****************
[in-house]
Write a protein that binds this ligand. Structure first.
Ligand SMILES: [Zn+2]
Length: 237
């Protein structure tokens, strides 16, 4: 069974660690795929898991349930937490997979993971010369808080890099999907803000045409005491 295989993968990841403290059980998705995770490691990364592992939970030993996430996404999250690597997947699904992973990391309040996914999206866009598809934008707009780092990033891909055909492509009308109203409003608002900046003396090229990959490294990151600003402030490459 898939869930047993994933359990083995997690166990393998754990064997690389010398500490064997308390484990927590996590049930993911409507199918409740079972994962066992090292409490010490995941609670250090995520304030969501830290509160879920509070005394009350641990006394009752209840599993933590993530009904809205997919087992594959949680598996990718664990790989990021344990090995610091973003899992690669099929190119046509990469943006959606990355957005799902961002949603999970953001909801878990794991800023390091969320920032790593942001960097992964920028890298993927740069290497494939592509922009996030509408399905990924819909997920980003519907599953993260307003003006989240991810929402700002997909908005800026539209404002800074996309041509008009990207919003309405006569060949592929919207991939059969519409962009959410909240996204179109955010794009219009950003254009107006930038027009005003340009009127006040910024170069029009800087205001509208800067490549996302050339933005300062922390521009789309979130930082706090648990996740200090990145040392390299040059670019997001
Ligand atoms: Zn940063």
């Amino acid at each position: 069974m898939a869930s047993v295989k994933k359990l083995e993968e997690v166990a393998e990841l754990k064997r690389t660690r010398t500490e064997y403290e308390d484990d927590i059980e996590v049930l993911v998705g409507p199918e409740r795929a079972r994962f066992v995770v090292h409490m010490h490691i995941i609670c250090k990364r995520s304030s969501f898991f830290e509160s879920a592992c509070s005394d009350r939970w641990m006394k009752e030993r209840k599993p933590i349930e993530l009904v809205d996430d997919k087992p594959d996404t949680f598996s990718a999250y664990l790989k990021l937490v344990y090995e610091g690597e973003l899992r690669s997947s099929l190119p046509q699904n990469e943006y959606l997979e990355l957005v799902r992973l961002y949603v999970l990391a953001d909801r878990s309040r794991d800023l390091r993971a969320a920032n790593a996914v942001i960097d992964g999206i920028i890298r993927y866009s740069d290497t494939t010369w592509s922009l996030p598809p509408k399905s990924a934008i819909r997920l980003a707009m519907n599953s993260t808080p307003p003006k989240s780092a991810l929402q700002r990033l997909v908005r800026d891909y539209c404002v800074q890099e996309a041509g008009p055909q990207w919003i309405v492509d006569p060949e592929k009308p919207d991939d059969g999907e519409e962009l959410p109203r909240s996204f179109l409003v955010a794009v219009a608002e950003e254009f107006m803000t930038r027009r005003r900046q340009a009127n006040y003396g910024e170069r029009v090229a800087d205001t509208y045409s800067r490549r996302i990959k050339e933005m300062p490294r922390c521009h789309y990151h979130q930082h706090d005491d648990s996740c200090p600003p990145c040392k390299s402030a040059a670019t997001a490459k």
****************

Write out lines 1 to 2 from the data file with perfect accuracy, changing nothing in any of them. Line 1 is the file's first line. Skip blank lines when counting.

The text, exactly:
[in-house]
Write a protein that binds this ligand. Structure first.